According to an embodiment thereof, the present invention is a disk drive having a sampled servo system controller and a head having a read transducer and a write transducer and a disk having a plurality of servo burst fields. The plurality of servo burst fields include a first normal burst field; a first quadrature burst field, a second normal burst field and a second quadrature burst field. A portion of the first quadrature burst field may be circumferentially contiguous with the first normal burst field and may span a portion of the radial extent of the first normal burst field. The second normal burst field may be radially aligned with and away from the first normal burst field and may span a portion of a radial extent of the first quadrature burst field. The second quadrature burst field may be radially aligned with and away from the first quadrature burst field and may span a portion of a radial extent of the second normal burst field. The first normal burst field and the first quadrature burst field may have a same first phase, and the second normal burst field and the second quadrature burst field may have a same second phase that is different than the first phase. When the disk drive positions the head in a track following mode for writing, the read transducer may be disposed over an about equal and non-zero amount of the first normal burst field and first quadrature field or over an about equal and non-zero amount of the second normal burst field and second quadrature field.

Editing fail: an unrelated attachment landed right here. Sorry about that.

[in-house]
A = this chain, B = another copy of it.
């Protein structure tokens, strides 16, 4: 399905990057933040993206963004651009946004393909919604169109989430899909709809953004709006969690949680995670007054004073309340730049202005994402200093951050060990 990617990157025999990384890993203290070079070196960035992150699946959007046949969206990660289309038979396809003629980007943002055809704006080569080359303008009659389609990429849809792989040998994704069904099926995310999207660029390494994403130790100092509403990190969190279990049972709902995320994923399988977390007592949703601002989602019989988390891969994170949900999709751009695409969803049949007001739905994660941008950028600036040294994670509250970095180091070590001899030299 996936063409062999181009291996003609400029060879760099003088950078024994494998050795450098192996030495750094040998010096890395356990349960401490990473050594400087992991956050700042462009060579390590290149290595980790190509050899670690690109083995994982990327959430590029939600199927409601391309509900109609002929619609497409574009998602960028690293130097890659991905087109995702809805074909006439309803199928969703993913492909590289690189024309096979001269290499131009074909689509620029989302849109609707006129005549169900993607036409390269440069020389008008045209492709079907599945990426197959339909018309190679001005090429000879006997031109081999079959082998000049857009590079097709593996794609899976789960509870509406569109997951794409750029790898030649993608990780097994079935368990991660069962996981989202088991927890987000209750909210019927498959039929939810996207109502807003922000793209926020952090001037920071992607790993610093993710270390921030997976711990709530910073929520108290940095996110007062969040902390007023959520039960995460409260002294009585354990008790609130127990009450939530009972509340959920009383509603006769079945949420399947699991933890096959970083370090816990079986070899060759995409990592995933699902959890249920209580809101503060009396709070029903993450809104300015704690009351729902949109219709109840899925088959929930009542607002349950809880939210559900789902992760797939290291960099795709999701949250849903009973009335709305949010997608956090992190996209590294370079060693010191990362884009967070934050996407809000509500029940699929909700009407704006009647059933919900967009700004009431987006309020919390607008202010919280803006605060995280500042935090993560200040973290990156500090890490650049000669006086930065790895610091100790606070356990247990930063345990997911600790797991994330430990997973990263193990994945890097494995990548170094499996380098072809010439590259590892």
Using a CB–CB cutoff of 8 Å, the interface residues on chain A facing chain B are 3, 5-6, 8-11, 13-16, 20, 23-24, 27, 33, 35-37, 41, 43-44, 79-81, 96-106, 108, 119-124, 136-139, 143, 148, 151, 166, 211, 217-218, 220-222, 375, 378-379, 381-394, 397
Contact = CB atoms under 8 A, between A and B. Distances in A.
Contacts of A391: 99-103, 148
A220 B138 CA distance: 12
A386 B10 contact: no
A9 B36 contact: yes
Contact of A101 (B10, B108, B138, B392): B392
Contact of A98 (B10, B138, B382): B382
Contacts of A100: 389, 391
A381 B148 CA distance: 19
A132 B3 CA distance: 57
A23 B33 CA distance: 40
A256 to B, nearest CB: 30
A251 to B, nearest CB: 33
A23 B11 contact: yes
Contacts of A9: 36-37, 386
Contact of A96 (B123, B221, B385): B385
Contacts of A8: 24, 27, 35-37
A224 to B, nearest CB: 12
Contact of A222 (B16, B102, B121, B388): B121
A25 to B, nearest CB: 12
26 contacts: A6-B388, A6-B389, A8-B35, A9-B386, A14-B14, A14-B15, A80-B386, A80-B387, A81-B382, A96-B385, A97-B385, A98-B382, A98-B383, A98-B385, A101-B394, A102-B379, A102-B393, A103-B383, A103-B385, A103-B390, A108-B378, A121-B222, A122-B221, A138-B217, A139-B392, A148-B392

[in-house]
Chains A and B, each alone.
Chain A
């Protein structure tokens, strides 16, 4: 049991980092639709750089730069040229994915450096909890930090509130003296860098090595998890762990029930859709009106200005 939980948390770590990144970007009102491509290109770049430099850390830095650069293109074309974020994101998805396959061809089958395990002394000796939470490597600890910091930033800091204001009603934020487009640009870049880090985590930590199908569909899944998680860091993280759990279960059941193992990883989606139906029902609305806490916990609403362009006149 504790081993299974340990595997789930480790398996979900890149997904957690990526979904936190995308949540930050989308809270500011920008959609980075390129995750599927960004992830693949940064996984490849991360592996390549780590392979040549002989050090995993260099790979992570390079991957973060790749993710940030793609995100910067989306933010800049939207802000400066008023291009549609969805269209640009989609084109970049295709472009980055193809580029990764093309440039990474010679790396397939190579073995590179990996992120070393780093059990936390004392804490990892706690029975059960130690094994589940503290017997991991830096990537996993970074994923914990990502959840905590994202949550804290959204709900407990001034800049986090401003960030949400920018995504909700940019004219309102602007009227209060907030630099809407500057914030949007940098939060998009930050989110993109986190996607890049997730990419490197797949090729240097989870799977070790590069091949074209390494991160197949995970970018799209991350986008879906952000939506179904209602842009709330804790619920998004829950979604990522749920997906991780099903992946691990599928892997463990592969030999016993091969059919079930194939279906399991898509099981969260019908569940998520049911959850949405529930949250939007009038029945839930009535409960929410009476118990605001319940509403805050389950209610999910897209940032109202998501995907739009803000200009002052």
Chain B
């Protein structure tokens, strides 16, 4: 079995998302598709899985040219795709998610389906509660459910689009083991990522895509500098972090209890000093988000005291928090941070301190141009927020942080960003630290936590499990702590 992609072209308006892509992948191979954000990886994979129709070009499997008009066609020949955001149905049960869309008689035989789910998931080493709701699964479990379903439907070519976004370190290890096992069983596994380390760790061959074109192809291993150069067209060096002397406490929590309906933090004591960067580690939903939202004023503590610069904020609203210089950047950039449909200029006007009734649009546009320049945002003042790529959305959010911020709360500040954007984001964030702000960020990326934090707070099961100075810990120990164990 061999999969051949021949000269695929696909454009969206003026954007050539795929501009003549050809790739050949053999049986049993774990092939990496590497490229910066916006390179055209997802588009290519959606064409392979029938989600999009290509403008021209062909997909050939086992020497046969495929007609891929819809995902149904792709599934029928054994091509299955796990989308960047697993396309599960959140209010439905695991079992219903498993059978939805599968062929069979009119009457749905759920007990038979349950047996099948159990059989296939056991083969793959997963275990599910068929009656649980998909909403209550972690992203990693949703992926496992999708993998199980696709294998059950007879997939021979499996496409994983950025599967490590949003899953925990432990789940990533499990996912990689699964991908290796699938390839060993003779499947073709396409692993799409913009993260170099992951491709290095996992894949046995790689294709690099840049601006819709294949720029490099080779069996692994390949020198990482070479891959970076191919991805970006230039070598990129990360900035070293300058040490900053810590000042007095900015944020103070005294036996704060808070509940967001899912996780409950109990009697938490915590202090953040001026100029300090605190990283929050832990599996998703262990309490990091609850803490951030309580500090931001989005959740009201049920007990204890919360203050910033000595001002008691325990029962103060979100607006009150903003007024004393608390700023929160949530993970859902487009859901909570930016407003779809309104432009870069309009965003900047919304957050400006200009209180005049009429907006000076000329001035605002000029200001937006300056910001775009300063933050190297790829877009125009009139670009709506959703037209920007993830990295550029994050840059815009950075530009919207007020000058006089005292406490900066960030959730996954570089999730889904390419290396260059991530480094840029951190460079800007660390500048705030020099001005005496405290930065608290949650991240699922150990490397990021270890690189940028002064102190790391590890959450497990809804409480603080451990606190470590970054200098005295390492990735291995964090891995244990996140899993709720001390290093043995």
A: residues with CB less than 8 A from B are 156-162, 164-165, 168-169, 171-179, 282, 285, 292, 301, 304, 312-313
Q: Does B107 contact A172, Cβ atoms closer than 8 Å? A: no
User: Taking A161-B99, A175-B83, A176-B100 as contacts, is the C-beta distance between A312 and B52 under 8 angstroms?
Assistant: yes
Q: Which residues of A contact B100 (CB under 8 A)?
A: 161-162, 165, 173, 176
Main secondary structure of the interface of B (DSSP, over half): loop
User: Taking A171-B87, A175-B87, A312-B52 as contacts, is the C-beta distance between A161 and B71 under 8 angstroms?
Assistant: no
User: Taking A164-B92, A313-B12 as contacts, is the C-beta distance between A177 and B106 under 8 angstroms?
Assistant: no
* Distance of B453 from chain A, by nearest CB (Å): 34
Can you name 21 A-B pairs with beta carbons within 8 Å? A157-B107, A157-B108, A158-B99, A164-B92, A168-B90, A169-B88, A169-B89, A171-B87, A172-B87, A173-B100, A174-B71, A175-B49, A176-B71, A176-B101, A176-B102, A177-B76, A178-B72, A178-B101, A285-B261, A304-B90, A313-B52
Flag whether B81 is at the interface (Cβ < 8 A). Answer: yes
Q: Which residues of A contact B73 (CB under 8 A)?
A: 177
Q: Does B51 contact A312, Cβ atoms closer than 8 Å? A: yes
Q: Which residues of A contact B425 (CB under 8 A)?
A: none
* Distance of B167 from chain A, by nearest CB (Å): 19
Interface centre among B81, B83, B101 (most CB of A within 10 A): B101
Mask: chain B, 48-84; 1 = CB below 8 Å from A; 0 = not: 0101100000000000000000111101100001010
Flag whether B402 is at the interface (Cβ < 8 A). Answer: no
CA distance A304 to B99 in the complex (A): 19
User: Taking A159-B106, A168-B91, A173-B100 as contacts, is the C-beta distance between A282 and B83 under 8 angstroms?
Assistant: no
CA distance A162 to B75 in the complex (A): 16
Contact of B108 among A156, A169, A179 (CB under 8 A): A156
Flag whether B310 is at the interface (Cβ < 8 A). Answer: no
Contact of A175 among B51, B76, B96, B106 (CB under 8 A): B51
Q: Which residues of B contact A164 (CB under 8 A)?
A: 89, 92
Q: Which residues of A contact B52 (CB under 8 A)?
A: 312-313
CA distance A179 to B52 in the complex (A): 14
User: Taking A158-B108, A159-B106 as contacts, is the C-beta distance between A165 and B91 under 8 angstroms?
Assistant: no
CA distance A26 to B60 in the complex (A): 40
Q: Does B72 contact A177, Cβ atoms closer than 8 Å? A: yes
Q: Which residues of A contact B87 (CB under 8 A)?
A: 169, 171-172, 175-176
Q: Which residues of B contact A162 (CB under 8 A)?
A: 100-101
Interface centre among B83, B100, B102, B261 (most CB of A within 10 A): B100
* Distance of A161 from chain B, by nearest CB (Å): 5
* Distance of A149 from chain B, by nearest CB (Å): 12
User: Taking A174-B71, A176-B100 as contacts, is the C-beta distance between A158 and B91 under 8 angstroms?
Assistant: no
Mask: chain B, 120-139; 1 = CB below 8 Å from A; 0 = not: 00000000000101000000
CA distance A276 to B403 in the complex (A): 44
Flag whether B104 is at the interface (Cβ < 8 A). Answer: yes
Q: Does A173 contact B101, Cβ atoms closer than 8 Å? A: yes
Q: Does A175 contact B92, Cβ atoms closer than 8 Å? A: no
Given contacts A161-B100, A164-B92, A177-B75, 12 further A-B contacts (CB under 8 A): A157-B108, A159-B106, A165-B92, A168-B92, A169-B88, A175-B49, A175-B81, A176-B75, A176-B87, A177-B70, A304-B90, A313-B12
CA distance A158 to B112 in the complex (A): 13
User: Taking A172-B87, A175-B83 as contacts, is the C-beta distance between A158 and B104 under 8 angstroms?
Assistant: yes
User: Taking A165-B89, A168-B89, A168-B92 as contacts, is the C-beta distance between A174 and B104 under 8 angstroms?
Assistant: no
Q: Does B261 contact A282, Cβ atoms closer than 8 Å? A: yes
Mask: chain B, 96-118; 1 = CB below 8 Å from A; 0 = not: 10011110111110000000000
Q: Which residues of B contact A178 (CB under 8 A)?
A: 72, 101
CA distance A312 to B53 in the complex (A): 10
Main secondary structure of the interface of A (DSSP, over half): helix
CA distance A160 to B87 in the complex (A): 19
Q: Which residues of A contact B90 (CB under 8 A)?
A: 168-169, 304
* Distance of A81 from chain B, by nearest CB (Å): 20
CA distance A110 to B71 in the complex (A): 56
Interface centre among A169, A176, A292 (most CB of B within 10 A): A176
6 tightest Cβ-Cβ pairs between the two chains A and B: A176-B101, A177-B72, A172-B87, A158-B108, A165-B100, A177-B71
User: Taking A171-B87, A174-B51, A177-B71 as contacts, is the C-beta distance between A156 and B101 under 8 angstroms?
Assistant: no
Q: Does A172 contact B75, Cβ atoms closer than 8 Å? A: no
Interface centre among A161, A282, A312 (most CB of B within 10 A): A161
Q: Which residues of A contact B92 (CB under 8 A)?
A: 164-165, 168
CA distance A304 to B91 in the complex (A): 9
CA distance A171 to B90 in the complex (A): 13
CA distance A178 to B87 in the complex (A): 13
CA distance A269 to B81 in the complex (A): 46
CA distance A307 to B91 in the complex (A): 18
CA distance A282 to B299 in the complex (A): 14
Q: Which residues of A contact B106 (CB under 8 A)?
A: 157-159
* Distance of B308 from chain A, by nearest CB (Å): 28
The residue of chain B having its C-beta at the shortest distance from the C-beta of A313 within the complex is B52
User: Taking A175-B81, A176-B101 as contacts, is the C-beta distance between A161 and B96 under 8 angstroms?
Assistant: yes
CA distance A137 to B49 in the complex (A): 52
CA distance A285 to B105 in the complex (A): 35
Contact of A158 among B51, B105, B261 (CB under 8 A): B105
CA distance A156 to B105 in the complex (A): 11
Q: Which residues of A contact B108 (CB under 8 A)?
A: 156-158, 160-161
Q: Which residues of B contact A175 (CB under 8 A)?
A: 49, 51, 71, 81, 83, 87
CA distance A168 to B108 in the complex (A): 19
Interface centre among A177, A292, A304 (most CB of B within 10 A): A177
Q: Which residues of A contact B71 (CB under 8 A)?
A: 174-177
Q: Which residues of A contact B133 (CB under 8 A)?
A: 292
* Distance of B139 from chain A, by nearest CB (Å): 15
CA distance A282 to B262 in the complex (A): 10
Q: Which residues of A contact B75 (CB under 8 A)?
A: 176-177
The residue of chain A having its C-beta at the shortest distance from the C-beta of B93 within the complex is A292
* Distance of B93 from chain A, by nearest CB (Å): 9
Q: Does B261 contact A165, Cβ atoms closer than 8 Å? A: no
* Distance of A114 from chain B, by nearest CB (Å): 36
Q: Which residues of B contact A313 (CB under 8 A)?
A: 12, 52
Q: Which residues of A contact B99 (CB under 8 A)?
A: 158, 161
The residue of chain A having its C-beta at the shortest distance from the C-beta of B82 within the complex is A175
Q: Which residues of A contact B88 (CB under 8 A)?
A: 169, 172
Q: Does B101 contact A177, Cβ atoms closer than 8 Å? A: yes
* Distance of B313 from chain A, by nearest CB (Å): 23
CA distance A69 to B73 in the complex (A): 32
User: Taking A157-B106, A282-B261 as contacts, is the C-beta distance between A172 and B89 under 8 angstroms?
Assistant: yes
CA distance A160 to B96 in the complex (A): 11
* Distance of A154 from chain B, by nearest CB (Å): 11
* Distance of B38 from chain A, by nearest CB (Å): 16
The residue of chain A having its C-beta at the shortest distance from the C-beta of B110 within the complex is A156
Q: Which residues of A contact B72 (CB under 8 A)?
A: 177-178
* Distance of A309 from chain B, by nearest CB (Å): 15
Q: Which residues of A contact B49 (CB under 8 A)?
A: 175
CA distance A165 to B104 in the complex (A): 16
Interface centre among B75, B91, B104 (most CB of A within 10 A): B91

The about equal and non-zero amount may be between about 50% and about 90% of the full amplitude of the normal or quadrature first and second bursts. The about equal and non-zero amount may be between about 65% and about 75% (such as about 70%, for example) of full amplitude of the normal or quadrature first and second bursts.